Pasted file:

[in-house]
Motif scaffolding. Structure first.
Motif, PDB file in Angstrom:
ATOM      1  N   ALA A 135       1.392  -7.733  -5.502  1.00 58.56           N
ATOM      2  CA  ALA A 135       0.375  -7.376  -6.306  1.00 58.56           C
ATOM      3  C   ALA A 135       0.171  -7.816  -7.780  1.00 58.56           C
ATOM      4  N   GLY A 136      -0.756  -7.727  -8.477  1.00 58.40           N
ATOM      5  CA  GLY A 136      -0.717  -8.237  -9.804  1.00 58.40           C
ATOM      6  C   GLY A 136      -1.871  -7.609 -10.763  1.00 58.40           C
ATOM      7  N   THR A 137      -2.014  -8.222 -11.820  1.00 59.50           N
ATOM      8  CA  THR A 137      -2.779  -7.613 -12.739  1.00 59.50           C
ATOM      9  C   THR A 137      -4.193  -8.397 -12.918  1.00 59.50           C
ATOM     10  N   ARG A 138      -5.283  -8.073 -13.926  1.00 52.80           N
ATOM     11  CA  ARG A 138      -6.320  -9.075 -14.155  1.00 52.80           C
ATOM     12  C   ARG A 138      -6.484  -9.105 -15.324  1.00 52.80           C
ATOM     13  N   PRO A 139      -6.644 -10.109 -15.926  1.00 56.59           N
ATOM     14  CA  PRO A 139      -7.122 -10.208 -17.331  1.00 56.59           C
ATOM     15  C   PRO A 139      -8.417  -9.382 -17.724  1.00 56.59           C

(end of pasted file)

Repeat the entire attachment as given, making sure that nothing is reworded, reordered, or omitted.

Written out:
[in-house]
Motif scaffolding. Structure first.
Motif, PDB file in Angstrom:
ATOM      1  N   ALA A 135       1.392  -7.733  -5.502  1.00 58.56           N
ATOM      2  CA  ALA A 135       0.375  -7.376  -6.306  1.00 58.56           C
ATOM      3  C   ALA A 135       0.171  -7.816  -7.780  1.00 58.56           C
ATOM      4  N   GLY A 136      -0.756  -7.727  -8.477  1.00 58.40           N
ATOM      5  CA  GLY A 136      -0.717  -8.237  -9.804  1.00 58.40           C
ATOM      6  C   GLY A 136      -1.871  -7.609 -10.763  1.00 58.40           C
ATOM      7  N   THR A 137      -2.014  -8.222 -11.820  1.00 59.50           N
ATOM      8  CA  THR A 137      -2.779  -7.613 -12.739  1.00 59.50           C
ATOM      9  C   THR A 137      -4.193  -8.397 -12.918  1.00 59.50           C
ATOM     10  N   ARG A 138      -5.283  -8.073 -13.926  1.00 52.80           N
ATOM     11  CA  ARG A 138      -6.320  -9.075 -14.155  1.00 52.80           C
ATOM     12  C   ARG A 138      -6.484  -9.105 -15.324  1.00 52.80           C
ATOM     13  N   PRO A 139      -6.644 -10.109 -15.926  1.00 56.59           N
ATOM     14  CA  PRO A 139      -7.122 -10.208 -17.331  1.00 56.59           C
ATOM     15  C   PRO A 139      -8.417  -9.382 -17.724  1.00 56.59           C